The Defiant searched the area for almost six hours.
- We couldn't find any sign of survivors. - The Cortéz was a good ship.
You knew Captain Swofford a long time.
l introduced him to his wife.
Patrolling the Cardassian borders is getting dangerous.
You never know when you'll meet Jem'Hadar.
l guess we popped the champagne cork too soon.
We thought the war was over when we retook the station
and pushed the Dominion back to Cardassian space.
Neither of us ever believed that.
A lot of good that did the 400 people on the Cortéz.
- How do you like our station so far? - Well, it certainly is big.
l heard about Quentin Swofford. l'm sorry.
Look, Dad. l know l haven't been very good company the last few days.
l didn't come here to be entertained. l came to see you and Jake.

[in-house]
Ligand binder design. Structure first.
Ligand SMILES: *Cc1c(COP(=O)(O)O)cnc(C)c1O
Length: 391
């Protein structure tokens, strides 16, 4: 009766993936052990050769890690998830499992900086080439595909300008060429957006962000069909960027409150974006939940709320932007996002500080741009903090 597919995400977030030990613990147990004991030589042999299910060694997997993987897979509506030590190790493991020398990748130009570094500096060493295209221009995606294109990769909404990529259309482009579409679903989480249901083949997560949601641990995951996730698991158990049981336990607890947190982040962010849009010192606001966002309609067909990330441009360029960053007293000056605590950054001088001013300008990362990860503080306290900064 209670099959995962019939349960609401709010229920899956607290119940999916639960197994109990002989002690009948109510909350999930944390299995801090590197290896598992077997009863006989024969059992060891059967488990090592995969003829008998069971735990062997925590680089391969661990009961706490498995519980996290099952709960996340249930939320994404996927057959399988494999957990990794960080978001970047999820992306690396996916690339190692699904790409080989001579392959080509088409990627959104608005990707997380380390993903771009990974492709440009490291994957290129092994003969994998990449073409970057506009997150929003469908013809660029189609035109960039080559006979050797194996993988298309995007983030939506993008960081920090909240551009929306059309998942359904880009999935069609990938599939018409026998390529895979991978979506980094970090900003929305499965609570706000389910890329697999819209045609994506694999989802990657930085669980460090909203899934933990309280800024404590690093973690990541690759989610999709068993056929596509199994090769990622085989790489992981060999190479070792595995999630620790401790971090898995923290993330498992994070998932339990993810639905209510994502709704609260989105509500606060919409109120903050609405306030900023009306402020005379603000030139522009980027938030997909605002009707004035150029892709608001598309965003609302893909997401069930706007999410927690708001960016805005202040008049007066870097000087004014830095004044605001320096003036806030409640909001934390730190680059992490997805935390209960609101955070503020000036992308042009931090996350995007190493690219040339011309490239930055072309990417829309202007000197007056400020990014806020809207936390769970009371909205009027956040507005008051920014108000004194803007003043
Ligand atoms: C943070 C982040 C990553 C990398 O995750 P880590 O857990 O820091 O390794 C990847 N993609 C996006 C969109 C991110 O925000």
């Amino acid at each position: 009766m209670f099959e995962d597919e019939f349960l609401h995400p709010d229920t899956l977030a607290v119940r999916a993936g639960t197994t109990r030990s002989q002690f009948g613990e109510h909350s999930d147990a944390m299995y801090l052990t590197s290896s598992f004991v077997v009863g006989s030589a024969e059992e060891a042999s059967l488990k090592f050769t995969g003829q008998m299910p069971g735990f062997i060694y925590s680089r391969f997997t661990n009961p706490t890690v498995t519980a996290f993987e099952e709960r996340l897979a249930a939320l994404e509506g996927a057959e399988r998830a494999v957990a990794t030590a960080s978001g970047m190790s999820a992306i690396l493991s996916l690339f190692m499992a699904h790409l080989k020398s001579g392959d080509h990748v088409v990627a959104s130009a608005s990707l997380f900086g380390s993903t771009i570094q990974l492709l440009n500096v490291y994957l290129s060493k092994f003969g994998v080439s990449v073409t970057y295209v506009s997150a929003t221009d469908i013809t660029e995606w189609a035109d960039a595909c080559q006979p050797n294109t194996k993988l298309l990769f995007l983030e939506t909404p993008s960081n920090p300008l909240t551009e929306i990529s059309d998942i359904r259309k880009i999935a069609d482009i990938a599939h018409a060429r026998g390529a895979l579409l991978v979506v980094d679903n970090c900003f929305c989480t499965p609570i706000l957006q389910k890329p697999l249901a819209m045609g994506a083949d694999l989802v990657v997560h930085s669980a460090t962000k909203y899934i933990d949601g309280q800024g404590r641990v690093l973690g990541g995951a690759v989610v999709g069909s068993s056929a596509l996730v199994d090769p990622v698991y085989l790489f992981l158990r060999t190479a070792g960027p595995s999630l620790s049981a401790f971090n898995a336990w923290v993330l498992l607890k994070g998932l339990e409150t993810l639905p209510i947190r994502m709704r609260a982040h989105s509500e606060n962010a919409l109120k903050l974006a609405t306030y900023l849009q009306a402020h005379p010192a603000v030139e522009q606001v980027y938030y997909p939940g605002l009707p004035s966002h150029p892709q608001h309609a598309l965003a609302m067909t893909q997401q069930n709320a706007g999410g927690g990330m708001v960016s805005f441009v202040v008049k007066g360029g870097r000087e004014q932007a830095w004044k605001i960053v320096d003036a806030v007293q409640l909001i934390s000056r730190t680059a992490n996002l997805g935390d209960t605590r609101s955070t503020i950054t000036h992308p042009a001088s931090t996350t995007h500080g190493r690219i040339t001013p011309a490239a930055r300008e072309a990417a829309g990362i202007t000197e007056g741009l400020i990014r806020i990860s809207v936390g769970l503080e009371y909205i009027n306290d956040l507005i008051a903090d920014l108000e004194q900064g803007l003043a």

You certainly picked an interesting time for your first trip away from Earth.
l figured it was now or never. Besides, l've been worried about you.
When we last talked, it seemed you were carrying
the weight of the Alpha Quadrant on your shoulders.
Sometimes it certainly feels that way.
- Dad... - Just say it, son.
l don't know how much more l can take, how many more friends l can lose.
Every time l achieve victory, something happens and everything turns to ashes.
What do you want to do?
Maybe l should step down, let someone else make the tough calls.
No one is indispensable, son. Not even you.
Whatever decision you make, l'll support.
Of course, if Quentin Swofford was here,
l bet he'd have a few things to say to you.
But he's not here, and that's the point.
l'd say you have some thinking to do.
l'm having dinner with my grandson, so you'd better get to it.
Who was that?
- Where'd he go? - Who?
- The man that just walked by my door. - l didn't see anyone.
l could have sworn...
l don't know why you're worried.
l'm not taking my ship anywhere near the border.